In honor of National Police Week, it is important to recognize the sacrifices made by law enforcement families. Due to the nature of police work, being a police officer can have major impacts on an officer’s family—especially on their children—so it’s important this week to honor both officers and their families. AMU professor Michelle Beshears writes about how police officers can help their families manage the stress caused by a career in law enforcement.
Mother’s Day is a time to thank all the women in our lives who work hard and make great sacrifices for their families. The mothers and wives who are married to law enforcement or military officers are no exception.
As a 20-year police officer, there have been many years of turmoil and stress because of my career. My wife has seen me through it all. She provides me support and guidance in ways that I do not usually see or even sometimes acknowledge. I truly appreciate everything she has done for me and I encourage others in law enforcement and the military to take the time to thank their spouse for her commitment and love every day.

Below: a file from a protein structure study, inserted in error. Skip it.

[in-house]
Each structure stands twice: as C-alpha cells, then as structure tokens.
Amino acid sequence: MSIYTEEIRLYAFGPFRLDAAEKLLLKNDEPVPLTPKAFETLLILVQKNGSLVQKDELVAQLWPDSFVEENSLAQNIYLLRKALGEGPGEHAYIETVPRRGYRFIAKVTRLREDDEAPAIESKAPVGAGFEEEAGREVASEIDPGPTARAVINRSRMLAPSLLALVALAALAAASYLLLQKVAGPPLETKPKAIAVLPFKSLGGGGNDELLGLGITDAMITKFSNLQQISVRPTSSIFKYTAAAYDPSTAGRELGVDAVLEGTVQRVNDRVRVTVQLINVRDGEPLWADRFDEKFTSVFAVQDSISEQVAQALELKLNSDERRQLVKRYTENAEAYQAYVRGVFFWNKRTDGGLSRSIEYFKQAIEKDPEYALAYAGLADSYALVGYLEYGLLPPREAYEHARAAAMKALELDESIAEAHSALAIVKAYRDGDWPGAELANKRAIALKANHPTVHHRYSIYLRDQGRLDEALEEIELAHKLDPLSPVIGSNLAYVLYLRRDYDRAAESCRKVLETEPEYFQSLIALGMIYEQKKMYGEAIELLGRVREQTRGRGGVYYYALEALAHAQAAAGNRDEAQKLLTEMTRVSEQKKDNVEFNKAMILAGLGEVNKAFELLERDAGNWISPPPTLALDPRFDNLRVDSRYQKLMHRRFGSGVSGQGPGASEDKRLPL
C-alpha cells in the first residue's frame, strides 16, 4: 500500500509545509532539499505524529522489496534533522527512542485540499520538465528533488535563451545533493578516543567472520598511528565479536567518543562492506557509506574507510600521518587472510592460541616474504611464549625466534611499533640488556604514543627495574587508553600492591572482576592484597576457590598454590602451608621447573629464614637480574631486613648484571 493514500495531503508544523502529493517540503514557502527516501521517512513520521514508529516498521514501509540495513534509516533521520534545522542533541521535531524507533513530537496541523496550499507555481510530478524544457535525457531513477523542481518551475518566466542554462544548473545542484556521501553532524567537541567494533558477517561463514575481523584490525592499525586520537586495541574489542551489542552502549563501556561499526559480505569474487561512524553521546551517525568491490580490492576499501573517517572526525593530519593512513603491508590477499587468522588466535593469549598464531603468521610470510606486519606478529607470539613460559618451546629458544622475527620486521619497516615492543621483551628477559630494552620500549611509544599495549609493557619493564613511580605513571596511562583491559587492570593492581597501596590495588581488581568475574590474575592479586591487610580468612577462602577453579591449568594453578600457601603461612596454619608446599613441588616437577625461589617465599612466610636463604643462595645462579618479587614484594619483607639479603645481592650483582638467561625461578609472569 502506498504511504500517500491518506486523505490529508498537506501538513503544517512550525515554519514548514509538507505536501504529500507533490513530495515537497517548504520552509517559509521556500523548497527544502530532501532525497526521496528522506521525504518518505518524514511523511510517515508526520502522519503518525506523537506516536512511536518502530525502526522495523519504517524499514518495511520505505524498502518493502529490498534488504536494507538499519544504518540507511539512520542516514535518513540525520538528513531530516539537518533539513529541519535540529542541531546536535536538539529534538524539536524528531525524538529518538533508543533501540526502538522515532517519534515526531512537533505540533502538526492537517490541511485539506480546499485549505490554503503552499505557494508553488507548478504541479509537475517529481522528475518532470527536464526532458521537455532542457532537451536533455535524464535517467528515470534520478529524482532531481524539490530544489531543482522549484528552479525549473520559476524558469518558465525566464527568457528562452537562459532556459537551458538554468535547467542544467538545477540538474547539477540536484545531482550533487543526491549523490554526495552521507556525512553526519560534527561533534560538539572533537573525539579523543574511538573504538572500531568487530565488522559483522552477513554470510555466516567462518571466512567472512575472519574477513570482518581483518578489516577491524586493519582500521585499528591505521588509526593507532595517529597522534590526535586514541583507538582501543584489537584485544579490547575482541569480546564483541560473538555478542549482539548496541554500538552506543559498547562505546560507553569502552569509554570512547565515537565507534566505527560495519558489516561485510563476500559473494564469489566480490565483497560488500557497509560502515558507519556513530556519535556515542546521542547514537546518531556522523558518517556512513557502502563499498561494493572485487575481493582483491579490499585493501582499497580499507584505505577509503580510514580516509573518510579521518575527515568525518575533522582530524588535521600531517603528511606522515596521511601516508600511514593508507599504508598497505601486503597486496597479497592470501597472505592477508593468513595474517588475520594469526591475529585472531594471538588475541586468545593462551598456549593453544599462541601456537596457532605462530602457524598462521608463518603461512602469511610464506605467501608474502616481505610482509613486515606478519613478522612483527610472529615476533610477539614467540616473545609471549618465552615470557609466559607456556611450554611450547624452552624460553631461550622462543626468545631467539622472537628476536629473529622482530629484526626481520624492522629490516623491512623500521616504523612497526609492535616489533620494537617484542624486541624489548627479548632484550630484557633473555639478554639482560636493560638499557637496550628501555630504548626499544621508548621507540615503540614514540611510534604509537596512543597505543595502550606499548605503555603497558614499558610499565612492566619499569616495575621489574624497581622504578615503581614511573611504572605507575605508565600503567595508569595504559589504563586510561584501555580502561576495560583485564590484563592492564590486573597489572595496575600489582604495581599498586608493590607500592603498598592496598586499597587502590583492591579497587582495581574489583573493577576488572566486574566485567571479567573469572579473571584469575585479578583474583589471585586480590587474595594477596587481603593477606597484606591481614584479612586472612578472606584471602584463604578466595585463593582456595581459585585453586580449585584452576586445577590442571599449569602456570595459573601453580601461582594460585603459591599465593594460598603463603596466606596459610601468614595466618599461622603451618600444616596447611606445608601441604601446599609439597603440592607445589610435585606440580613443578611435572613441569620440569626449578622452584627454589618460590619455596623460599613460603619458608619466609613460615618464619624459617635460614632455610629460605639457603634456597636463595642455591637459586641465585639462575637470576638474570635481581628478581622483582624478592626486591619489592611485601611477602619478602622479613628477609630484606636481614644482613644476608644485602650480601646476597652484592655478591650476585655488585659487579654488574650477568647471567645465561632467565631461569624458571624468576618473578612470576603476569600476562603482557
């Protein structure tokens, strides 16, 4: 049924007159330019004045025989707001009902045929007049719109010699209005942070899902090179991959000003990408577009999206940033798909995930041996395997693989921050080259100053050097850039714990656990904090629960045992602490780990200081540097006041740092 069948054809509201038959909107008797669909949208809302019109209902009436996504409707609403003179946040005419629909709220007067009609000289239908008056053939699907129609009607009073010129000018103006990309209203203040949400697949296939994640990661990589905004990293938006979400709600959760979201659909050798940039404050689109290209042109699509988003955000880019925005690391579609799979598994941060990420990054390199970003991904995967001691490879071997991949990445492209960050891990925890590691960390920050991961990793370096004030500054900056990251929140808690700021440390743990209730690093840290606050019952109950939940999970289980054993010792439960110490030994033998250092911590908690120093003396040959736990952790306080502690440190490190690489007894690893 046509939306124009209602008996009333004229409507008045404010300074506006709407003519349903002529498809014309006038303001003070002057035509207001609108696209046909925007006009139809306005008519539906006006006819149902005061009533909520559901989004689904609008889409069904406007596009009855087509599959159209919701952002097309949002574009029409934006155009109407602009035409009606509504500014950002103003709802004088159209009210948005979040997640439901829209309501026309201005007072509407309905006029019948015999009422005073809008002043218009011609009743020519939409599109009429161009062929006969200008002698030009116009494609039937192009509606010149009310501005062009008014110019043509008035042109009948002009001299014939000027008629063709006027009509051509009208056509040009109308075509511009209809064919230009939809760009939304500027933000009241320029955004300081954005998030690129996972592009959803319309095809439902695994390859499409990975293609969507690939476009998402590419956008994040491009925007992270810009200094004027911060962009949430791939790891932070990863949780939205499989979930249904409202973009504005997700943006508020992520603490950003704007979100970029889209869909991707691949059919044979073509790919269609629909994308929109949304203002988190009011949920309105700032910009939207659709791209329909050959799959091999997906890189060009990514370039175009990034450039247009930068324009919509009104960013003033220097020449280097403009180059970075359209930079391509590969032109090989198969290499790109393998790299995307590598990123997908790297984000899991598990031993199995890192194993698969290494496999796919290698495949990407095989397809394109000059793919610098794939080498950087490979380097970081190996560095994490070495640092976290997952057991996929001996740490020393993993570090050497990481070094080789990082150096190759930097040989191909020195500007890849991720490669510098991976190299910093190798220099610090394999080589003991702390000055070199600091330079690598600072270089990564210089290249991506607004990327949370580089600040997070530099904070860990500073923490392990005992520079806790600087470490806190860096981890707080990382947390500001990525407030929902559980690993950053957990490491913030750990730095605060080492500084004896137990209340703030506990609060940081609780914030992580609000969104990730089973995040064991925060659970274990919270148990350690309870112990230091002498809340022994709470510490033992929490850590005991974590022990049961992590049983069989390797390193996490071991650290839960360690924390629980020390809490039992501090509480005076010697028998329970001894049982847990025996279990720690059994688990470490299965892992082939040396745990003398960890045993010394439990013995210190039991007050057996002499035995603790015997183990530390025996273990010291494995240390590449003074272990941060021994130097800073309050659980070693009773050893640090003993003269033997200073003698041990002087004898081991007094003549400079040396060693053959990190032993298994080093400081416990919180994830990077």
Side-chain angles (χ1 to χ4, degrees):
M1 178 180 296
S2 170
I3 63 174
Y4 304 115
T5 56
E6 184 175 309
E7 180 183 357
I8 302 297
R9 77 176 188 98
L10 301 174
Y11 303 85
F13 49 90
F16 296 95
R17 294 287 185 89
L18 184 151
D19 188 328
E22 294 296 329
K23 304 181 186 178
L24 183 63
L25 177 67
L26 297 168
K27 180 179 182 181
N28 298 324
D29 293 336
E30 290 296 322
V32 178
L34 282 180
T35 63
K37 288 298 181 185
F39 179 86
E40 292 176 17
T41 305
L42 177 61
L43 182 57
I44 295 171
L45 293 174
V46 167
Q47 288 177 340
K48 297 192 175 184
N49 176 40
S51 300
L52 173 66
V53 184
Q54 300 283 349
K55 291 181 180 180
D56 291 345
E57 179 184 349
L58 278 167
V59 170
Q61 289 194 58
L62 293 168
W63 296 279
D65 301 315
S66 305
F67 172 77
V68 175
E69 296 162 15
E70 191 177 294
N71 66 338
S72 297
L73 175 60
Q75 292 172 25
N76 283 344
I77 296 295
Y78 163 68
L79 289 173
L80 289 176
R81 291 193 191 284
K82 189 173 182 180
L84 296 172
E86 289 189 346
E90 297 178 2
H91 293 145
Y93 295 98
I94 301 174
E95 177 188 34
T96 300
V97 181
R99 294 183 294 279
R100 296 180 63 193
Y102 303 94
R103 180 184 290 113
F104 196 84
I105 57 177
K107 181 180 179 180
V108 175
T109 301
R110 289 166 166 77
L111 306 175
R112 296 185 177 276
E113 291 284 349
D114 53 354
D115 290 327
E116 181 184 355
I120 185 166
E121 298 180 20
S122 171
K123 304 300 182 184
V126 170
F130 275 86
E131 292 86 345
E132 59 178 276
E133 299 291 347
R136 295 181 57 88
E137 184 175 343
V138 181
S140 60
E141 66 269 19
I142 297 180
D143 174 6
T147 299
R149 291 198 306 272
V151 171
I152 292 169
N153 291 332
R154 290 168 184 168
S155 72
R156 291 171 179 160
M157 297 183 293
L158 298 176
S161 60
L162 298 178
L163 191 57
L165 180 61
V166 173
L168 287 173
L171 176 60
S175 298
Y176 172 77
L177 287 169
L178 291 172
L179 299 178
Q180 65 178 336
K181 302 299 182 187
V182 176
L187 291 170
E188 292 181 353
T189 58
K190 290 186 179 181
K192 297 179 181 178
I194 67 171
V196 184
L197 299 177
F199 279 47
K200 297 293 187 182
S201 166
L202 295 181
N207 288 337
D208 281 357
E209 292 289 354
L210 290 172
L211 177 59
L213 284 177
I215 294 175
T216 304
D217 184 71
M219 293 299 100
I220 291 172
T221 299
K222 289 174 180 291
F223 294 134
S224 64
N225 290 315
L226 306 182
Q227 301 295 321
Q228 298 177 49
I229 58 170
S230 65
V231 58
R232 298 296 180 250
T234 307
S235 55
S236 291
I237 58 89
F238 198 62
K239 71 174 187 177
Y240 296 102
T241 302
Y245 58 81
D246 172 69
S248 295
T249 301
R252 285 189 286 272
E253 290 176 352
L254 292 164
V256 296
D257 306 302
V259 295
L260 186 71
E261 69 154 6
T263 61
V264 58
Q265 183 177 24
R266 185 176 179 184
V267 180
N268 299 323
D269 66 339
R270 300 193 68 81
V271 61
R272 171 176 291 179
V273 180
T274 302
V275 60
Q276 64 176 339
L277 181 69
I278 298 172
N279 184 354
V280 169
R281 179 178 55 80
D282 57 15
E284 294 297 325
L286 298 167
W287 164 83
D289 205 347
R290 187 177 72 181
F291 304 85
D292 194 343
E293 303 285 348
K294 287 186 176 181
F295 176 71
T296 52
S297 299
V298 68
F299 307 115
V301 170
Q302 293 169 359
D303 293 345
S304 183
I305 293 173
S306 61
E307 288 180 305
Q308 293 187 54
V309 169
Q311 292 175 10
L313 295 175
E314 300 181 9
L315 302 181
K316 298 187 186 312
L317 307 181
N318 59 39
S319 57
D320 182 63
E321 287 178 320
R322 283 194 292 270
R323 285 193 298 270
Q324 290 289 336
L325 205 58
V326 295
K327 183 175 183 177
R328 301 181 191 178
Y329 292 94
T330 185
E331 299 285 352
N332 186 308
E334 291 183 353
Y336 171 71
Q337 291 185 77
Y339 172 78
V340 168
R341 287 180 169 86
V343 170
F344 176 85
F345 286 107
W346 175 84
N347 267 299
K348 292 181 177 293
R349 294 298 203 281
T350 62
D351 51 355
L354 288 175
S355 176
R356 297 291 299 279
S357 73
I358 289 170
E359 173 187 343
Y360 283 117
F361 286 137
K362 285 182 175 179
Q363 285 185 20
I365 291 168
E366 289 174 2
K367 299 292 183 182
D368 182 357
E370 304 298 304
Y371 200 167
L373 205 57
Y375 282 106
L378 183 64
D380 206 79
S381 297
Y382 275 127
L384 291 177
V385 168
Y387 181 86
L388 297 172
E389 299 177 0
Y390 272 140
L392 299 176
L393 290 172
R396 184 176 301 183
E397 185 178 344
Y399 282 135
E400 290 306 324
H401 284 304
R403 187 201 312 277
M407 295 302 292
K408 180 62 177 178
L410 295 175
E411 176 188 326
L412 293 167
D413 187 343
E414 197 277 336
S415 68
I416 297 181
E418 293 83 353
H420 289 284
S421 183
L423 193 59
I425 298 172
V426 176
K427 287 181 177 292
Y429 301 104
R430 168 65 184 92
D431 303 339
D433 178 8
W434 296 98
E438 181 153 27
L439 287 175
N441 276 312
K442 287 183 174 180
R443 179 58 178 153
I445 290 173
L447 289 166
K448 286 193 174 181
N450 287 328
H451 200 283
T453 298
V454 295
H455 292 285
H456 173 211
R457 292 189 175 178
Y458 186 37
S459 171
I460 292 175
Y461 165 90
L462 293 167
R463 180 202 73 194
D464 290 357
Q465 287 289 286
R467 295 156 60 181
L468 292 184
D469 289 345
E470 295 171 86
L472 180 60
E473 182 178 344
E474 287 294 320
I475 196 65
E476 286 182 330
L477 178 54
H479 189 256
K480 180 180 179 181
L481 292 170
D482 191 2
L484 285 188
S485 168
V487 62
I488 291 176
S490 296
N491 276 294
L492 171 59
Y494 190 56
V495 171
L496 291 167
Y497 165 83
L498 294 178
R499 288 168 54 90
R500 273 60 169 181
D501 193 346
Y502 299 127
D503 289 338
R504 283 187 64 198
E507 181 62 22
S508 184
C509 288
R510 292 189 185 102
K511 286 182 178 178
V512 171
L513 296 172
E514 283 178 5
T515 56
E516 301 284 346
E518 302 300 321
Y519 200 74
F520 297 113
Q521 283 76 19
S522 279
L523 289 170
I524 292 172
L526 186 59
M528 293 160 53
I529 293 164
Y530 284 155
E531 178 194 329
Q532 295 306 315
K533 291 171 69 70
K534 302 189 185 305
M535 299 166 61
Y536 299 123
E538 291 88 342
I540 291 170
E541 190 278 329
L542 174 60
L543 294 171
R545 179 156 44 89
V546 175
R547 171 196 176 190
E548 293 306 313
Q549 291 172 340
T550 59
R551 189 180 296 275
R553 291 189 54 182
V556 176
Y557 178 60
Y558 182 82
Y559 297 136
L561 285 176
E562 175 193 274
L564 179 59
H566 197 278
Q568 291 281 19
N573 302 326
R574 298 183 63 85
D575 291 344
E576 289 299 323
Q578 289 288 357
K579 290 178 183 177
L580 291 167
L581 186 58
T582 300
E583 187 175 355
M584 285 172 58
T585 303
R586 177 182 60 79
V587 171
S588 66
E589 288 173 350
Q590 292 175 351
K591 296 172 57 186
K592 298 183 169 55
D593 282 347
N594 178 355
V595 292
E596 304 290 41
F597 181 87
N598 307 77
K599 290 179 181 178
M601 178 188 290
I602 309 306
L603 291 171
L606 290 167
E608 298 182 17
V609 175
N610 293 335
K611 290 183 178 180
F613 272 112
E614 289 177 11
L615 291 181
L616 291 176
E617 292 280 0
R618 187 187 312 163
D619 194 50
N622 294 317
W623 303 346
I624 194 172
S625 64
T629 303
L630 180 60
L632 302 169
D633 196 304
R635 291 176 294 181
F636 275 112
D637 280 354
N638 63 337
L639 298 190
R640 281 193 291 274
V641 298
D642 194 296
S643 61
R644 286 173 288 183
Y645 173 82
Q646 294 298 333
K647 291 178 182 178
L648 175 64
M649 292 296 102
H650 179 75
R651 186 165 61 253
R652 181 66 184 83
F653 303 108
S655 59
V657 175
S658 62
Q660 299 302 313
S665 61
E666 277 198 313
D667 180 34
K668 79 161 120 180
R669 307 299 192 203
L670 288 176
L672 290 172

By Matthew Loux
Entering a career in law enforcement doesn't just involve preparing yourself—you must also prepare your partner and family for the realities of what a law enforcement life entails. This 20-year veteran shares advice about how you can prepare your family for what's ahead.
By Mark Bond, professor of criminal justice at American Military University
Police culture still struggles with acknowledging the serious effects that long-term exposure to traumatic events has on an officer’s mental and physical health. These events can be harmful even for officers who have displayed resilience throughout their careers.